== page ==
However, after the initial recovery flush in the first quarter of 2023, the economy lost steam. In June, China slid to the brink of deflation amid weakened demand for consumer and manufactured products.  

"They [offshore investors] are definitely on the sidelines,” said Chris Iggo, chair of the AXA Investment Managers Investment Institute and CIO of AXA IM core.

Chris Iggo, AXA IM

“Before Covid, there was a general tendency to increase exposure to China. With the Trump trade war and Covid, it made people more cautious and they either pulled back or they didn't increase exposure,” he said during AXA IM’s second-half outlook press conference recently.

“I don't think the situation has changed significantly since then.”

Covid disrupted China’s shift from an export-driven framework to a more domestic demand-driven high-quality economy that focuses on advanced technology and the service sector, Iggo noted.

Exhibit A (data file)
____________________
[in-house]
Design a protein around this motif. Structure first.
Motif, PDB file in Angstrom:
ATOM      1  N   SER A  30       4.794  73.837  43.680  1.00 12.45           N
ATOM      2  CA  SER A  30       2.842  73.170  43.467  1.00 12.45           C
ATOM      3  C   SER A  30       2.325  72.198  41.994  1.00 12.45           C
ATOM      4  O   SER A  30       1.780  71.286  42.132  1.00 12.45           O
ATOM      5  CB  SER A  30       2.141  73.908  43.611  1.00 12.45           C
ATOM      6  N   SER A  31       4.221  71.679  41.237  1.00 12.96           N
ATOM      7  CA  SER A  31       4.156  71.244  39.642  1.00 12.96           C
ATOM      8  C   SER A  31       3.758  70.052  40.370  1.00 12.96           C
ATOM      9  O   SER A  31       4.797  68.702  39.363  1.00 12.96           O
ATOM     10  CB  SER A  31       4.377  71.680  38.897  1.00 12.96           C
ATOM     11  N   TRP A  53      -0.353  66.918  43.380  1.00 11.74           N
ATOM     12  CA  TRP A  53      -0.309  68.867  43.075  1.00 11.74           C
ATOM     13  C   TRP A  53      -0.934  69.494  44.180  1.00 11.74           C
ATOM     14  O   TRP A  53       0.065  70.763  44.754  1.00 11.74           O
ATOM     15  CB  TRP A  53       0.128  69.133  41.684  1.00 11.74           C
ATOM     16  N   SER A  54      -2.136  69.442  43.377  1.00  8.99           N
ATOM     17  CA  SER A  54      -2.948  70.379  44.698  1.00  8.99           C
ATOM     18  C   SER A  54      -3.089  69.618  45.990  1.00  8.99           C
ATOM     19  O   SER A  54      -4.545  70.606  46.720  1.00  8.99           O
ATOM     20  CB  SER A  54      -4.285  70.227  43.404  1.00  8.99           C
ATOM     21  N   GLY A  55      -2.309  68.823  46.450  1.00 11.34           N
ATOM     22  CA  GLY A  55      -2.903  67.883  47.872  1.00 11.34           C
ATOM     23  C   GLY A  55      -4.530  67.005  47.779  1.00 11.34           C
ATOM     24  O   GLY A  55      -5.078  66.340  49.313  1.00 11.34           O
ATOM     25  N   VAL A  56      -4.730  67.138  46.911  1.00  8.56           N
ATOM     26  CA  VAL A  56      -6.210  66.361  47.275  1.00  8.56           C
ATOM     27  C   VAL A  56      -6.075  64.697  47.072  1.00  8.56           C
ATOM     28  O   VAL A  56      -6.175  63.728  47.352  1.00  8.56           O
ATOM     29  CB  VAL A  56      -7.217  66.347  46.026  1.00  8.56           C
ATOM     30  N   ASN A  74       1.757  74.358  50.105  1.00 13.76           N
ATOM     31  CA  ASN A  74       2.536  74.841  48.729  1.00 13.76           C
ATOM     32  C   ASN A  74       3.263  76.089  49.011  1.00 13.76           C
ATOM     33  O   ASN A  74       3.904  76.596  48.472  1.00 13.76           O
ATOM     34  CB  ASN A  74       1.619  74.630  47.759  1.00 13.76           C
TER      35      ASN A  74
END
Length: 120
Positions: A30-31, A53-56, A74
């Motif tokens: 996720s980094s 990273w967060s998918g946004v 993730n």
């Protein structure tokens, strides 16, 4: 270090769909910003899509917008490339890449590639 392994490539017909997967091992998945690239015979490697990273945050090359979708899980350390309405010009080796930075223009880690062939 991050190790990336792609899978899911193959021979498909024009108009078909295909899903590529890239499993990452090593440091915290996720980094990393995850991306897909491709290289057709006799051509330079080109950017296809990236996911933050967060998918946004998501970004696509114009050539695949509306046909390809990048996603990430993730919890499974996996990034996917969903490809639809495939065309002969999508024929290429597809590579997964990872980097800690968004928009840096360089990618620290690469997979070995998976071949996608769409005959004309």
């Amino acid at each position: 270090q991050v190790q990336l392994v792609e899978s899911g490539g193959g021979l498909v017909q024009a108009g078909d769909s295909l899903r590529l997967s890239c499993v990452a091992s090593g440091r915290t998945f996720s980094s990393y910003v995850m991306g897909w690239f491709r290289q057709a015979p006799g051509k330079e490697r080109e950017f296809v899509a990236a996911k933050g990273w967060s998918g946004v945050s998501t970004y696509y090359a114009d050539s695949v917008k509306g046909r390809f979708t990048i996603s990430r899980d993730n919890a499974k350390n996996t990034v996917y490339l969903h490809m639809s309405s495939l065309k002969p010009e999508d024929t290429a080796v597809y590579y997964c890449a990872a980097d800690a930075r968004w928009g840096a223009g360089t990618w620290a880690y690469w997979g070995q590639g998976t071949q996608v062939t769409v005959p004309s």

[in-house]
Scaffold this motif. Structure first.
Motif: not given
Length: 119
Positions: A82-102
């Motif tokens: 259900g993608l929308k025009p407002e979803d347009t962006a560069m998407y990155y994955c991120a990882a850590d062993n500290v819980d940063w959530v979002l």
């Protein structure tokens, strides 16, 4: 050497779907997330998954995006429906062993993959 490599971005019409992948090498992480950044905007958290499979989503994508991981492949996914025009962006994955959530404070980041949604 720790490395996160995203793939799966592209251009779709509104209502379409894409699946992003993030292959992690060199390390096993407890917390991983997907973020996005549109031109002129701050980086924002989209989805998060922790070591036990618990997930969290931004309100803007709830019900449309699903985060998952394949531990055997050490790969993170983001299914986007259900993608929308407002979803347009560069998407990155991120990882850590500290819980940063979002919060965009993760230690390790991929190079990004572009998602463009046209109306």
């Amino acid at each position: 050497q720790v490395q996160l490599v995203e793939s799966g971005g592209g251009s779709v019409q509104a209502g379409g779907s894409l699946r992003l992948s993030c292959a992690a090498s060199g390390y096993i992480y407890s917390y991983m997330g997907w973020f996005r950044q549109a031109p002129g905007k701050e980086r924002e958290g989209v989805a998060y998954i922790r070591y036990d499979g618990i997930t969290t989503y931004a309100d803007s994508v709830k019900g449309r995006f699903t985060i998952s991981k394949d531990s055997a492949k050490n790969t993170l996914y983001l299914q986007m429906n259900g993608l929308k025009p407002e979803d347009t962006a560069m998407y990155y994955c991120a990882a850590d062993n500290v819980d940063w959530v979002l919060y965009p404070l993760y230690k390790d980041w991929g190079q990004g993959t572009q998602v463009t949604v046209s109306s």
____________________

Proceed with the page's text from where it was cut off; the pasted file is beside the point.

“Where we are now is struggling to see where China is in that process, because one of the big victims of all that was the property market. And the property market continues to be weak, which means that it affects consumer spending and investment. I suspect that there will be additional efforts to try to revive the property market going forward,” he said.

China's National Council for Social Security Fund reportedly suggested to its asset managers that they sell some bonds, including those from riskier local government financing vehicles and private developers, after a review, Bloomberg reported on July 12.

Geopolitics is also another significant issue for foreign asset owners. China's relations with the US, Canada, Taiwan, and Russia in particular have been under scrutiny. 

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The opportunities for foreign investors will depend on whether US-China relations will improve, and what happens after the US election, Iggo noted.

“So, I think for now, investors are likely to stay on the sidelines,” he said.

In addition, he noted that corporate governance is also an issue for foreign investors, who would like to see more clarity on the environment that foreign companies can operate in.


Thomas Taw, BlackRock

For investors to move back to direct investments in China, Thomas Taw, head of APAC iShares investment strategy at BlackRock, noted that there needs to be more stimulus measures on the fiscal and monetary side to improve market liquidity.